Children of celebrity or generally pressuring parents frequently have difficulties in the development of their identities. This is because they are frequently under pressure to achieve the same or more than that of their parent. These children thus carry a set of expectations that elevate them to a level beyond that of children who do not have famous parents.
Children, in general, are more likely to develop a healthy sense of identity if their parents are encouraging and nurturing and if these children have the intellectual and/or creative potential to achieve at a similar or higher level than that of their parents.
When huge pressure to achieve is laid on these children, it can have devastating results. This is especially so should these children not have experienced the warmth, acceptance and caring by the parent. It is also detrimental to these children when the parent has been so involved in the pursuit of his or her career that important stages of these childrens’ development have been missed in terms of parent/child interaction.
Another difficulty can arise for children of famous parents when a public figure, as is often the case, becomes embroiled in controversy. These children often have to cope with this controversy and the court of public opinion levelled against their parent. Children facing this situation could respond by protecting and defending the parent; withdrawing from them or becoming angry with them. The children’s behaviour is also likely to depend on their stage of development.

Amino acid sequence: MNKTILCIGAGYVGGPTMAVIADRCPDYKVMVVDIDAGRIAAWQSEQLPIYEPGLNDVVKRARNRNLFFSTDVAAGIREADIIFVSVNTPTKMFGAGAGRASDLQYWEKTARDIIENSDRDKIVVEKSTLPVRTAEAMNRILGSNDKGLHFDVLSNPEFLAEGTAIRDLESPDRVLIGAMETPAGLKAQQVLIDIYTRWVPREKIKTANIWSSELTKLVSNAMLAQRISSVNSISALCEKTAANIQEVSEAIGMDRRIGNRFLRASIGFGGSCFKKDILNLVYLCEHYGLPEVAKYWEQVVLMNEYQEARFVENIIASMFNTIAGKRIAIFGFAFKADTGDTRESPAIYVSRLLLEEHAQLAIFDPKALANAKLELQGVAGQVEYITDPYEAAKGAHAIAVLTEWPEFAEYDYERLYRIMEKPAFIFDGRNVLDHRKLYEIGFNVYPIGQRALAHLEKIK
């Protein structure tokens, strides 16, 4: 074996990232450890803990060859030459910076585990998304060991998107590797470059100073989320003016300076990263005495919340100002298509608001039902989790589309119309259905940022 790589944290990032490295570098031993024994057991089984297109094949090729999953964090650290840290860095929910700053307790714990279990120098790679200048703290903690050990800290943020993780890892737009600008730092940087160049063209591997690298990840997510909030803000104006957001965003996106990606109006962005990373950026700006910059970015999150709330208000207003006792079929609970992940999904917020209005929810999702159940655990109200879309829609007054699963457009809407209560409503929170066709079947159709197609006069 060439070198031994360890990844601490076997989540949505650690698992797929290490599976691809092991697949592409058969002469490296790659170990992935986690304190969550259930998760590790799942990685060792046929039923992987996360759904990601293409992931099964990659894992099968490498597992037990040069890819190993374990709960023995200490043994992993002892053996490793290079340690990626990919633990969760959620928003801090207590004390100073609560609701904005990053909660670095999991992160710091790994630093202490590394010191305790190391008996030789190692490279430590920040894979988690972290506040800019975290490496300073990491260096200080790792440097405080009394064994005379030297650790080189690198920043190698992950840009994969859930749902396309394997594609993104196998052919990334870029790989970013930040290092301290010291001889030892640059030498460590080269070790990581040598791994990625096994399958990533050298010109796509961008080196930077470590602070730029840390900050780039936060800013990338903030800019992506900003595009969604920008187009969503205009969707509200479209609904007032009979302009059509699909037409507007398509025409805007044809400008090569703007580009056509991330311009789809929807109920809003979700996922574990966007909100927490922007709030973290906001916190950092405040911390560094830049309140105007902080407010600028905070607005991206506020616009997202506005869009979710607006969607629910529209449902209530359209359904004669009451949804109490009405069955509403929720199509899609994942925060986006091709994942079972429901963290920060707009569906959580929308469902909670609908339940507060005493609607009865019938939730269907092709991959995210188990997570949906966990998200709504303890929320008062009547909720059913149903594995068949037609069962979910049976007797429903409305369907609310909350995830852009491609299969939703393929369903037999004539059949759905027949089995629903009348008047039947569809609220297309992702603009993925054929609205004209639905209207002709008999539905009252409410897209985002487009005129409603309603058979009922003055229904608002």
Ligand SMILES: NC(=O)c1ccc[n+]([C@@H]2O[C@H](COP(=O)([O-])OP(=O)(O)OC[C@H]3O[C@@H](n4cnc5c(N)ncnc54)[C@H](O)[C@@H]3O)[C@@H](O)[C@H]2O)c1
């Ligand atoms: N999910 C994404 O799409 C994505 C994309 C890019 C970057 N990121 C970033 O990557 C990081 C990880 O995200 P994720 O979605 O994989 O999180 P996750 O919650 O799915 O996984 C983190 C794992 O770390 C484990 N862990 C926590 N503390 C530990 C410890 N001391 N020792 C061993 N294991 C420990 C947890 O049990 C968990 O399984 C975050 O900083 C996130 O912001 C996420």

The above issues are interesting in view of South Africa’s first/third world status. For example, many black students that I counselled at University of Western Cape’s Student Counselling in the 1980’s were first generation university students. They were so often under enormous pressure to achieve status for their working class parents. They were not, for example, allowed to watch television as this would detract from their study time. It was often the case that much financial sacrifice had been made on the part of the parent and on the part of the student. Besides the pressure from parents to achieve, there was also at that time, strong pressure from peers to become involved, or more involved in the broader social struggle. The students’ conflict was often one involving personal growth and fulfilment versus the struggle for a better social order. In this regard, many of the parents had over the years become more attuned and sympathetic to their students’ needs.
Within the social structure of the 1080’s, it seemed that the second generation university student had a different, but no less pressured influence on his or her identity formation. Take for example the first black professor at a local university. When he had sons, he would often express the wish for these male children to achieve an even higher career than he had achieved.
In general, parents would be well advised to encourage their children to achieve their own unique potential. However, undue pressure to do so, particularly when that pressure is placed on children of slower intellectual potential, is likely to create anxieties and possible depression in these children. In addition, the parents are likely to set themselves up for disappointment in these children and subsequent less acceptance of the latter for who they are. It is thus when childrens’ own interests, talents and abilities are not recognised nor nurtured by the parents, that difficulties such as adolescent drug taking, delinquency, anxiety and depression and other negative acting out behaviour can arise.